S1P-induced EMT is partially mediated by RhoA-GTP, Smad3, intracellular ROS and autocrine TGF-β1 action
The Rho kinase inhibitor Y27632, Smad3 inhibitor SIS3 and antioxidant N-acetyl-L-cysteine (NAC) suppressed the S1P-induced phenotypic changes in A549 cells (figure 4A) and partially suppressed the increase in α-SMA, vimentin and collagen as well as the decrease in E-cadherin protein expression (figure 4B,C). It was recently suggested that S1P shares common intracellular pathways with TGF-β1 and that S1P may trans-activate TGF-β receptor.13 In the present work, TGF-β1 promoted EMT in a manner similar to that of S1P (figure 4A–C). Furthermore, anti-TGF-β1 antibody inhibited S1P-induced EMT, suggesting an autocrine role for TGF-β1 (figure 4B,C). Specific antagonists for S1P1, S1P2 and S1P3 were used to elucidate the S1P receptor subtypes required for the S1P-induced EMT process. The S1P2 inhibitor JTE013 and the S1P3 inhibitor CAY10444 attenuated S1P-induced α-SMA, vimentin and collagen upregulation and E-cadherin downregulation, whereas the S1P1 inhibitor W146 had no effect (figure 5A,B).
S1P upregulates Smad3 phosphorylation, RhoA-GTP activation and intracellular ROS production
Smad3, RhoA-GTP and intracellular ROS have been implicated in the EMT process.14 We observed that after 30 min of exposure, S1P (10−6 M) increased Smad3 phosphorylation, and only the S1P3 antagonist CAY10444 alleviated Smad3 phosphorylation (figure 6A). In other experiments, A549 cells were stimulated with S1P for 72 h, and phospho-Smad3 was quantified. The S1P-induced Smad3 phosphorylation after 72 h was suppressed by CAY10444 and JTE013, but not by W146 (figure 6B). Furthermore, anti-TGF-β1 antibody partially suppressed S1P-induced Smad3 phosphorylation, suggesting an autocrine role for TGF-β1 (figure 6B). In a similar fashion, S1P activated RhoA-GTP following 30 min and 72 h of S1P exposure, and this was suppressed by CAY10444 and JTE013, but not by W146 (figure 6C,D).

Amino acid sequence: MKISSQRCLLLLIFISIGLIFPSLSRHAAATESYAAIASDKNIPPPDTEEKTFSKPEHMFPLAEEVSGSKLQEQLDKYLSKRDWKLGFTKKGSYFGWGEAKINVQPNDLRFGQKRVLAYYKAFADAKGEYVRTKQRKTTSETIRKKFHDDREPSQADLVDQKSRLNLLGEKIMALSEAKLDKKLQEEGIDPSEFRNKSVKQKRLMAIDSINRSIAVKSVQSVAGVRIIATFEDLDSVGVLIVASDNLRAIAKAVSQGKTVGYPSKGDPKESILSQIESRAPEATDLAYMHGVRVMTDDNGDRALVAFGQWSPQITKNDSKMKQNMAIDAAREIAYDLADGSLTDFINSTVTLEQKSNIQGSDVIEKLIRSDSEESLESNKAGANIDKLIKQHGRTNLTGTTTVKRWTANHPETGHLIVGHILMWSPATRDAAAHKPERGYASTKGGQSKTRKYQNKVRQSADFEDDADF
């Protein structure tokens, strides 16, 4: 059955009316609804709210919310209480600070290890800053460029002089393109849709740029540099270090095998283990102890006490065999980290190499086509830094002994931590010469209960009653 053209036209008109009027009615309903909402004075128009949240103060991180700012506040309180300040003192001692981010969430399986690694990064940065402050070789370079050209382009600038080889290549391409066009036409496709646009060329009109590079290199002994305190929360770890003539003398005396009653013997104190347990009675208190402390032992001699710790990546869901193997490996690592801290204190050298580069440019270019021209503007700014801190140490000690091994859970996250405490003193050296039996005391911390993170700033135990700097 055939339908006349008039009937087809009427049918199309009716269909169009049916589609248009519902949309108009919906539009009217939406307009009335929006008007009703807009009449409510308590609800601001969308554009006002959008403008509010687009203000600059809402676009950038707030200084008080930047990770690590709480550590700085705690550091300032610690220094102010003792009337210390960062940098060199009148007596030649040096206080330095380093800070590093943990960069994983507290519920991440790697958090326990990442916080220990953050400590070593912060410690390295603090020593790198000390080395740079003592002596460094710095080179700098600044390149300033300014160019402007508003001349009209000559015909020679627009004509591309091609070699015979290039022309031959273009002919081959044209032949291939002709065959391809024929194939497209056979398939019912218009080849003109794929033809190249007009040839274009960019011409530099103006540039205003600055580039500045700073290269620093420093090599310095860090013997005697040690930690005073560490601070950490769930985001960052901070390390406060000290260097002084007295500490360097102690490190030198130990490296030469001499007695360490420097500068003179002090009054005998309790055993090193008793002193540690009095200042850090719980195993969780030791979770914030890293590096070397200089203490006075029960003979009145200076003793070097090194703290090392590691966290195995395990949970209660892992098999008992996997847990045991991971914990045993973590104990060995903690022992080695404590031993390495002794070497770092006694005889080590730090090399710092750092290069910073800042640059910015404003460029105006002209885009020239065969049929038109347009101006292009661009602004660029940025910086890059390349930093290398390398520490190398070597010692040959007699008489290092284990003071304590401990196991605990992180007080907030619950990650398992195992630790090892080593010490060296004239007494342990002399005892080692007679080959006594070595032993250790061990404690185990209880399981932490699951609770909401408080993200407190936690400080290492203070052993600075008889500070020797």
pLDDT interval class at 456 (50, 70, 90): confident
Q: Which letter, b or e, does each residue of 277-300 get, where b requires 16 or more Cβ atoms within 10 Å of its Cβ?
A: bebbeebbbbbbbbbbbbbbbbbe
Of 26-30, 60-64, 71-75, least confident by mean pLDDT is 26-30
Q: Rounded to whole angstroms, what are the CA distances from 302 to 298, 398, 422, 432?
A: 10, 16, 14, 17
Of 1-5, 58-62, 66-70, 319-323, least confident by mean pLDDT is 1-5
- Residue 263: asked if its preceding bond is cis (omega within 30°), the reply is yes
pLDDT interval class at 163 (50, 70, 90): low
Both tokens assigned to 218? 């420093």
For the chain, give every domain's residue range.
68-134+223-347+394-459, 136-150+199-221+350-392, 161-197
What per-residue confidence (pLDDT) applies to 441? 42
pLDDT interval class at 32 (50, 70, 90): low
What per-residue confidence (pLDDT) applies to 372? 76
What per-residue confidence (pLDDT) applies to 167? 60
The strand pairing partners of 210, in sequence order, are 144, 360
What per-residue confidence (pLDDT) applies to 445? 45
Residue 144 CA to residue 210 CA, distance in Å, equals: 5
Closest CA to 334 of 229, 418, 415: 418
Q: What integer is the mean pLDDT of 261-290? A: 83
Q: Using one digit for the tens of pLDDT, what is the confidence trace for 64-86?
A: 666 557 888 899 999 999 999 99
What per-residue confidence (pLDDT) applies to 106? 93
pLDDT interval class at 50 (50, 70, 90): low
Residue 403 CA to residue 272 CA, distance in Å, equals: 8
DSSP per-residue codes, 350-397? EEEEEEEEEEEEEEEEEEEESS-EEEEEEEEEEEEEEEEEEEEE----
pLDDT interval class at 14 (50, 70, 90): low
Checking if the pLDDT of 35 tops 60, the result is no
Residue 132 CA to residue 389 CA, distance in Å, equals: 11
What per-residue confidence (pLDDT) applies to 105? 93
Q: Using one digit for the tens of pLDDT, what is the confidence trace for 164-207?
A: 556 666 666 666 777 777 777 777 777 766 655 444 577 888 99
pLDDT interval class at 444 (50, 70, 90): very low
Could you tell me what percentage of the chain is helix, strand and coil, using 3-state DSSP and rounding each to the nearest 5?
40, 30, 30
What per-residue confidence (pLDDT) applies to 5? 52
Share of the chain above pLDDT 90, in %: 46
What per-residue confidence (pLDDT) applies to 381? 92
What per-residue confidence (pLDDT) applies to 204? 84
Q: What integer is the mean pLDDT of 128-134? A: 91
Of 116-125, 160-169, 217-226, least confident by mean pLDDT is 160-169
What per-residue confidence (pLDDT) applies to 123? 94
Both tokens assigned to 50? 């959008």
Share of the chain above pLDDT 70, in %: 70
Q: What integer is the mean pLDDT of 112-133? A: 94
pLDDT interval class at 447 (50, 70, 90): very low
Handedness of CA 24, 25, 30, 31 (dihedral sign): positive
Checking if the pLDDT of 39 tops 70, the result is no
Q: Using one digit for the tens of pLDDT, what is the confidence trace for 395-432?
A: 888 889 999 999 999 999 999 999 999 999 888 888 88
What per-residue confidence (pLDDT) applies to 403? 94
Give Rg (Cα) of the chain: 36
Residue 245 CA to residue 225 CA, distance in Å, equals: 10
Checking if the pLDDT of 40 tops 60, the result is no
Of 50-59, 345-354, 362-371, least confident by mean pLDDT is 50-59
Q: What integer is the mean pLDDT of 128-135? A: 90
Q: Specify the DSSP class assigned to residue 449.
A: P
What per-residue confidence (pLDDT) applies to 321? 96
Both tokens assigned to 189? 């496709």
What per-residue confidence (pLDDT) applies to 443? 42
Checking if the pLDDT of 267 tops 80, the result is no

S1P elicited an increase in intracellular ROS in a similar way as the positive control H2O2, with the highest levels after 10 min of stimulation. Pre-treatment with CAY10444 or JTE013 attenuated the S1P-induced ROS generation; pre-treatment with W146 was without effect (figure 6C).